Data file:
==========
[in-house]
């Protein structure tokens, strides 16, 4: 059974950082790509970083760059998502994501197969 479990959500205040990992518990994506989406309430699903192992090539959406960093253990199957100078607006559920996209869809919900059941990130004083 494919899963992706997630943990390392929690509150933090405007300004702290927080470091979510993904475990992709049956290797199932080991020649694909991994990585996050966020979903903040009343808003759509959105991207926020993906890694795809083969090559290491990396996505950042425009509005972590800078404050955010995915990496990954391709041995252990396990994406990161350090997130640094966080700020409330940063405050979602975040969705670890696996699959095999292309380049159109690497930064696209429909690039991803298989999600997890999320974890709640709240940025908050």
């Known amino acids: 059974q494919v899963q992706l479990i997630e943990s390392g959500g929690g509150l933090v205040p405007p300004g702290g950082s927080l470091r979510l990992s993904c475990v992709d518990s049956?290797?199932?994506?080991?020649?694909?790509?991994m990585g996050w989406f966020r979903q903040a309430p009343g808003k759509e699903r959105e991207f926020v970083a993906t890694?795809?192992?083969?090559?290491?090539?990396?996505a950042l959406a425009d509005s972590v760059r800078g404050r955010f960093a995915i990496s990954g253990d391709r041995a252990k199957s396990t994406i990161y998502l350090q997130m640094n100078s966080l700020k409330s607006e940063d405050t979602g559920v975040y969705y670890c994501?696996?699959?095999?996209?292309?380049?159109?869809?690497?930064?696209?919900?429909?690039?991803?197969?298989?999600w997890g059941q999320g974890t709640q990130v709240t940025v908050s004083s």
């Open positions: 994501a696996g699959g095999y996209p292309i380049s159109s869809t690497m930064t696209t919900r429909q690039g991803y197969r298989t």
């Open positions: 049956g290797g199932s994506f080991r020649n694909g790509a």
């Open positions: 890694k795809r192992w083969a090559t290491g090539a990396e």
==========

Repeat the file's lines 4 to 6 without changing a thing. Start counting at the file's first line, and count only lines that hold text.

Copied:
């Open positions: 994501a696996g699959g095999y996209p292309i380049s159109s869809t690497m930064t696209t919900r429909q690039g991803y197969r298989t």
């Open positions: 049956g290797g199932s994506f080991r020649n694909g790509a």
């Open positions: 890694k795809r192992w083969a090559t290491g090539a990396e």